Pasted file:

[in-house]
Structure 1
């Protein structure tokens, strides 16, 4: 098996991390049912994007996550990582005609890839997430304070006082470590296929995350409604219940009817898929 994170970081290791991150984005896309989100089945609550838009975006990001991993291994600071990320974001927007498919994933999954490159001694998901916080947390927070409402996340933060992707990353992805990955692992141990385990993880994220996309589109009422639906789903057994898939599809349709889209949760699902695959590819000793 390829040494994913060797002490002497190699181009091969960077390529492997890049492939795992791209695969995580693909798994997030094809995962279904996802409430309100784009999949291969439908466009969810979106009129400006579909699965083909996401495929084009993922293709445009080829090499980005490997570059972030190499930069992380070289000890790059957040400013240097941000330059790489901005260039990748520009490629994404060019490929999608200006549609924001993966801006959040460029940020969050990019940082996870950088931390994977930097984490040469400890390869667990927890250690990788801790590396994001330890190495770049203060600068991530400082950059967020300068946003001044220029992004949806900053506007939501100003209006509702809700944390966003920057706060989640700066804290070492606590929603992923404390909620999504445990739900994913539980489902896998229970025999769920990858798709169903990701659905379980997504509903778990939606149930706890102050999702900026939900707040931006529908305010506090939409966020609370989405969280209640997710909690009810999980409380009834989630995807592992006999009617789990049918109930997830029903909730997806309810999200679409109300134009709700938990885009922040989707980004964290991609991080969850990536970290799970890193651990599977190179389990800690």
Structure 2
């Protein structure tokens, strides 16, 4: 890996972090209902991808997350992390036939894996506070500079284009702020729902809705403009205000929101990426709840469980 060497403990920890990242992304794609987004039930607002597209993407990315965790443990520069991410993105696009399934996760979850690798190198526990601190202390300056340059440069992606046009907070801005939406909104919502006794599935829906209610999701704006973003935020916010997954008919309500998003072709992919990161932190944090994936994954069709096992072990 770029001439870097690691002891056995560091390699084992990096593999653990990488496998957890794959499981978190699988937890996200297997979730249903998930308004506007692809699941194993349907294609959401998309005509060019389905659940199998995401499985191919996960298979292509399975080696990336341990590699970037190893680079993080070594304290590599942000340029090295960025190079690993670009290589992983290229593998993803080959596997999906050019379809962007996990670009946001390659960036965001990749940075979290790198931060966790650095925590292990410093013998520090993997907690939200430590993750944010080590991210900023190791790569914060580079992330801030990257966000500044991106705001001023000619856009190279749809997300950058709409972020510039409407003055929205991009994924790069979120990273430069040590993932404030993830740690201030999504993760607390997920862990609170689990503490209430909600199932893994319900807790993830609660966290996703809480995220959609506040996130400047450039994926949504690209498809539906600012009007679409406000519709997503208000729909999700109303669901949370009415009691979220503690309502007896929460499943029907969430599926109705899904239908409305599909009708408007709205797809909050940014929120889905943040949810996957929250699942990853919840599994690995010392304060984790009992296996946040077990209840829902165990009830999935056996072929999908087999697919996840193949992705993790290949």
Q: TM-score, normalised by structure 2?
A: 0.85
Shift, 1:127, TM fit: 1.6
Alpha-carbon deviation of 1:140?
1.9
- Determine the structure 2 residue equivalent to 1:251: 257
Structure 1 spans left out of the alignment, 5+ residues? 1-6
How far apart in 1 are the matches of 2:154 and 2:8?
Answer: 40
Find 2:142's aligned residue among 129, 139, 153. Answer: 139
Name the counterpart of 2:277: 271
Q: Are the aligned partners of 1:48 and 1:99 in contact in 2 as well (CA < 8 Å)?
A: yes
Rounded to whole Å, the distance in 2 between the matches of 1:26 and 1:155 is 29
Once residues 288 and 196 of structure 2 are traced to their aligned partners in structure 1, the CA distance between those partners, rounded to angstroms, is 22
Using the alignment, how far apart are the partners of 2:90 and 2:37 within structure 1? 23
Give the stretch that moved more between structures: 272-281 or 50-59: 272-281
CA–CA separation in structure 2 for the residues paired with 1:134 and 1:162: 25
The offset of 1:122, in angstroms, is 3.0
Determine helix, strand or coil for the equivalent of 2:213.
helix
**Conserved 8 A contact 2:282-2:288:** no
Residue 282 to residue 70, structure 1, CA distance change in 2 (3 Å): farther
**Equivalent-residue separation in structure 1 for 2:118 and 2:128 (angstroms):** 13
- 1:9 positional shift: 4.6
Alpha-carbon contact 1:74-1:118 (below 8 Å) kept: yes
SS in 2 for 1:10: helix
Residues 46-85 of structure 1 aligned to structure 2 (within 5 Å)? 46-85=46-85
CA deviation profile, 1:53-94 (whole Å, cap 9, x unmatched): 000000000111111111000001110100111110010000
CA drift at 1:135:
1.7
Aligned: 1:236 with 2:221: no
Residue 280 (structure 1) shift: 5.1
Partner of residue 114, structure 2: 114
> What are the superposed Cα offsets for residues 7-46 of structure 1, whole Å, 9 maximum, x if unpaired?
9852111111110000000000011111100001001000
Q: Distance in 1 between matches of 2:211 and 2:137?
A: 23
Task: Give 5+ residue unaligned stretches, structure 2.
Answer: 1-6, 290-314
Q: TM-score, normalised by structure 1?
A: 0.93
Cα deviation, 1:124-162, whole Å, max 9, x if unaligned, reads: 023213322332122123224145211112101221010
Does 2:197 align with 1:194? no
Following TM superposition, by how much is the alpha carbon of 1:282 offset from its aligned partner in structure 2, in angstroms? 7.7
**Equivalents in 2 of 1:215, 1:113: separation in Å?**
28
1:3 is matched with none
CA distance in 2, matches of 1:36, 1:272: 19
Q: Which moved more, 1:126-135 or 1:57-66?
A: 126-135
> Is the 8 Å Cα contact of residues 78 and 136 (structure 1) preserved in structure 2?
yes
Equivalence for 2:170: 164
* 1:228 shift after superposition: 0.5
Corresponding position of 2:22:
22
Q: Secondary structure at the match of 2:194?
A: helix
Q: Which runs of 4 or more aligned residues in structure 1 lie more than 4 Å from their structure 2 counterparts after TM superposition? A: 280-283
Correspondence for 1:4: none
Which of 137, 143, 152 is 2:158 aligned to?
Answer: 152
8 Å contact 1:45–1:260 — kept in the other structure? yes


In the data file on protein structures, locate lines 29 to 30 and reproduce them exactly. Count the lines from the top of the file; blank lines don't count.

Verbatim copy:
**Equivalent-residue separation in structure 1 for 2:118 and 2:128 (angstroms):** 13
- 1:9 positional shift: 4.6